Posted by Charlie, June 2016

Using public sources of genomic data to answer essential research questions

On the 6th of June the third Quantitative Genomics student conference will be held at UCL. This one day event is organised by students, and is designed to give early-career researchers in mathematical and statistical genomics the opportunity to network and present their research.

The programme consists of six sessions of lightning talks covering topics such as Complex Phenotype Genetics, Epigenetics, and Methods, and three keynote speeches; by Sarah Teichmann, Richard Durbin and our very own Fiona Nielsen.

Sarah Teichmann is a leading light in the field of single cell genomics and works on an area close to my heart - T cell biology. I missed the talk she gave at my institute during my PhD, but I discussed her sequencing work on Th2 cells populations many times in my PhD thesis and I'm hugely excited to hear her speak.

I saw Richard Durban talk at the Festival of Genomics earlier this year on building and using new genome reference structures. The work he is doing will support population and medical genetics by enabling researchers to account for natural genetic variation.

Fiona Nielsen will be talking about how Repositive is addressing the most pressing problem for public genomic data: that of data discoverability. She will present case studies of how data visibility and accessibility improve research outcomes for both the data provider and the data consumer.

After reading the abstracts for the lightning talks I was hugely excited by the topics that would be covered, and also by the number of projects that have used external, public sources, of genomics data to power their research. Therefore, to get the ball rolling on #QuantGen16 I thought I would interview one of the PhD students presenting an abstract at the conference about their experiences with using external data for their research.

Using UK Biobank genotype data to examine genetic factors contributing to the relationship between depression and high BMI

An interview with Jonathan Coleman, studying for a PhD at King's College London

What scientific question are you addressing in your PhD?

We are interested broadly in what the genome can tell us about the interactions and relationships that underlie psychiatric traits. In my particular work, I have examined the contribution of genetic factors to the relationship between depression and high BMI.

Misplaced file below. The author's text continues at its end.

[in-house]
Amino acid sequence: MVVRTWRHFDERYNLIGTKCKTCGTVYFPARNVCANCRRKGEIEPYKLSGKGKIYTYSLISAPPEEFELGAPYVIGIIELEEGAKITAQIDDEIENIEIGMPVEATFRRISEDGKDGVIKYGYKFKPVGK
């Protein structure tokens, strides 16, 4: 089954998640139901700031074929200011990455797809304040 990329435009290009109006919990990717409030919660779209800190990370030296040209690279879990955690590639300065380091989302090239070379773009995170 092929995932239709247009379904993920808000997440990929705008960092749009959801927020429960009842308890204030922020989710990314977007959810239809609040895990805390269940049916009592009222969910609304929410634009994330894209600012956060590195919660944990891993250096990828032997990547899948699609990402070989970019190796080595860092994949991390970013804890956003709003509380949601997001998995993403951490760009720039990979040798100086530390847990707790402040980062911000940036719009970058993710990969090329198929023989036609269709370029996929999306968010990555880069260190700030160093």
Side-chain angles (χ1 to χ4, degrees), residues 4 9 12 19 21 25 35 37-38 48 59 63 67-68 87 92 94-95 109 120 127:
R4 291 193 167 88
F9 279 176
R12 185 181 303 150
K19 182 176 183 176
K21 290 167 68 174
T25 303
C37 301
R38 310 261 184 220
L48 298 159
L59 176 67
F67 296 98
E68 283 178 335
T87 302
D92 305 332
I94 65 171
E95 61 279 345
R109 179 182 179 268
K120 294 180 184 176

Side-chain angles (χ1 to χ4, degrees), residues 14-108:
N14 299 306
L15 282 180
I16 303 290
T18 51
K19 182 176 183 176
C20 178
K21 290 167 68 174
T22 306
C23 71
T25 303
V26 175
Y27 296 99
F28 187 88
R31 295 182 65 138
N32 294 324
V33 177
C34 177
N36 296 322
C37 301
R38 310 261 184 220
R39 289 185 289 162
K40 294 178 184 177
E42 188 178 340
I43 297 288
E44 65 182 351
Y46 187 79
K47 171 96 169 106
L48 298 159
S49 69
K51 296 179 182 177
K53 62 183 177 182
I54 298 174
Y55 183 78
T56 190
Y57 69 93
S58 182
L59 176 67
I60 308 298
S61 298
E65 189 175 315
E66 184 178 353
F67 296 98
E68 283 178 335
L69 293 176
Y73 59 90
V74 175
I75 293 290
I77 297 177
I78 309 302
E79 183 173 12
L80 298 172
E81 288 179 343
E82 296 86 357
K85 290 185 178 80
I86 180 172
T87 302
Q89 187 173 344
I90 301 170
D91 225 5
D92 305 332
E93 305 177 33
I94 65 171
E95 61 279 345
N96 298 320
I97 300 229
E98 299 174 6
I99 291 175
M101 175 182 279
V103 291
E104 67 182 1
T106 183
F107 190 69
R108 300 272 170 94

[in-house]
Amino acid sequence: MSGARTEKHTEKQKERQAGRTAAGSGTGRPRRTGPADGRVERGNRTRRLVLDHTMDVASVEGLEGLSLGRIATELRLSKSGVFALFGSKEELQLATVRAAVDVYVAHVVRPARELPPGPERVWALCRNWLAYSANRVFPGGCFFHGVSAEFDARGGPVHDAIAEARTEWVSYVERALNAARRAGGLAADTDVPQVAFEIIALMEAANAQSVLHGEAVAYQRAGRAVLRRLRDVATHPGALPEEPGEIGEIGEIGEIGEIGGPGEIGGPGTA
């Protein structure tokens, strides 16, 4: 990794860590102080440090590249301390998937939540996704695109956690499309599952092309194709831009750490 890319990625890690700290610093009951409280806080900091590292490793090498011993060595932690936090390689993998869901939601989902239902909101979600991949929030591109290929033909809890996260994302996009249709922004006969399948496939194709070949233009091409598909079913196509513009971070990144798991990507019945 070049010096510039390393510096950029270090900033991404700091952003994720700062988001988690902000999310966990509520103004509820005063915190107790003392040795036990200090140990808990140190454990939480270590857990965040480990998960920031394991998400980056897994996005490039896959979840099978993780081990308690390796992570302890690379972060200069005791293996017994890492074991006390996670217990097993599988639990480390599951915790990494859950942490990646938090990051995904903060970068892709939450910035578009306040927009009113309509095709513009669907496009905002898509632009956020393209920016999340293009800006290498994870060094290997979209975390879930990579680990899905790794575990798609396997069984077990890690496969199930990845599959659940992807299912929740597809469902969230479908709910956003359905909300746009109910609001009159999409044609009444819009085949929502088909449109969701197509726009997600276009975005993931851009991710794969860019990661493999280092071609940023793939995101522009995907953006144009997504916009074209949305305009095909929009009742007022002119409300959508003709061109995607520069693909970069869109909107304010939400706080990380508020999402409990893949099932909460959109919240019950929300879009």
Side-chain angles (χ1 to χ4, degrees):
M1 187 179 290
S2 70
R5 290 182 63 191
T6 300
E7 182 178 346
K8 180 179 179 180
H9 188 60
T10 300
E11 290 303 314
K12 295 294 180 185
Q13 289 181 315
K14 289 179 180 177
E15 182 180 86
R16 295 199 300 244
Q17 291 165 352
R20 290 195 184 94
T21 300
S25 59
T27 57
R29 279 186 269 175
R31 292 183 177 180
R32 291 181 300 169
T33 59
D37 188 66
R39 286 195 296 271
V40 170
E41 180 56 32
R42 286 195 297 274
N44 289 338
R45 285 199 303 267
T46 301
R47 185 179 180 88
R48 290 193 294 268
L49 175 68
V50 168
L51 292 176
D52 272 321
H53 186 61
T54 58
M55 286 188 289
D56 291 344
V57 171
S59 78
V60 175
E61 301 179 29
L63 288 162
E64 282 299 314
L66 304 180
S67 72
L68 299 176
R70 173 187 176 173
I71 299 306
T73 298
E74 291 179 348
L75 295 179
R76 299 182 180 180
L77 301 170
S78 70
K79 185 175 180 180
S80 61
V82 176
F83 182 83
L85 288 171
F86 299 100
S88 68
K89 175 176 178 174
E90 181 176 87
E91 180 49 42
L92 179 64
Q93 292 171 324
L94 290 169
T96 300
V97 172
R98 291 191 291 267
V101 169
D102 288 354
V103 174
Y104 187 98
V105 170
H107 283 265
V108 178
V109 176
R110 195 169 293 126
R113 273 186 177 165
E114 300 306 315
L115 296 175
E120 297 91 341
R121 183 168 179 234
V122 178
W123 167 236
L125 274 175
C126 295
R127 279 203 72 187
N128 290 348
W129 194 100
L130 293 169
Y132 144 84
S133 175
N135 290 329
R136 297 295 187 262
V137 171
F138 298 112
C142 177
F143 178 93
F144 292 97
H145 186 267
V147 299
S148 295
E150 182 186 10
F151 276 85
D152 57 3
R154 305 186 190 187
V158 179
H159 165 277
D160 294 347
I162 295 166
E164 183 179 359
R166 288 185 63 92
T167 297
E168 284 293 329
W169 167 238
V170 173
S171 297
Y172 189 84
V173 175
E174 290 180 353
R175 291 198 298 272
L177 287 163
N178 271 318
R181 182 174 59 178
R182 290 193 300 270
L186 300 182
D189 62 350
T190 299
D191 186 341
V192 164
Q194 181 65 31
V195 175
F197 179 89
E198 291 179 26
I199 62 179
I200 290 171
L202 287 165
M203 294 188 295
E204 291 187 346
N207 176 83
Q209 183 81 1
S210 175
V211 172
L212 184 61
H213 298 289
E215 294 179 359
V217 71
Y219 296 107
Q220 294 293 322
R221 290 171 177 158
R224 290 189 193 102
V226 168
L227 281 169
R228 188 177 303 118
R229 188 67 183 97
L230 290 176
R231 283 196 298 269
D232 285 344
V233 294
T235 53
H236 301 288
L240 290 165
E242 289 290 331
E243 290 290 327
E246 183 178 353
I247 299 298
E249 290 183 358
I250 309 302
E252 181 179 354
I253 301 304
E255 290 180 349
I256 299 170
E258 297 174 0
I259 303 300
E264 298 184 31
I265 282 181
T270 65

Why do you use external data for your research?

External data provides a replicable, powerful source of information for answering questions. Especially when exploring a general research question, internal data is often limited in size, scope and suitability in a way that external data is not.

Why did you choose to use the data hosted by the UK biobank?

We realised a general question about the utility of genomic data in unpicking known relationships could be answered with this data. We were primarily attracted by the size, as well as the fact as a nationally-representative cohort, it provides considerably greater power for assessing our question than most, if not all, alternatives. In addition, the differences that come from combining other datasets together (to get this size of data) are less in the UK Biobank.

Can you talk a bit about the process of accessing the UK Biobank data?

The access procedure took a few months. The dataset is available to all bona-fide researchers interested in health-related research, whose research is in the public interest. To fulfil this requirement, we had to provide a justified plan for our intended analyses that demonstrated a commitment to this stated purpose. There was also a cost for application (as part of a cost-recovery process). The application process is relatively straightforward, much like writing a proposal to perform any analysis. It was reasonably quick to completion as well, even given some complexities in our application procedure. There has been an attempt by the Biobank to avoid duplication of effort through encouraging collaboration, which I think is a great idea.

Were there any points at which you struggled or got frustrated?

No, not really! There were a few delays due to administrative issues, but they were generally sorted quickly.

What are your thoughts about the UK Biobank initiative?

As a project that is primarily concerned with creating the data resource, the Biobank has an active interest in external groups performing analyses. Our experiences with their staff have also been very positive.\n\n>The Biobank is a big opportunity to perform interesting analyses on the scale that genomics requires. It hasn't been perfected yet, but it feels like there is a real drive to simplify data access, whilst protecting the participants as far as possible. I think they're generally doing a great job in making the data available for analysis, and with several other population-level datasets already in existence, and others emerging in the near future, hopefully this style of data can be an important driver for analyses in the near future.\n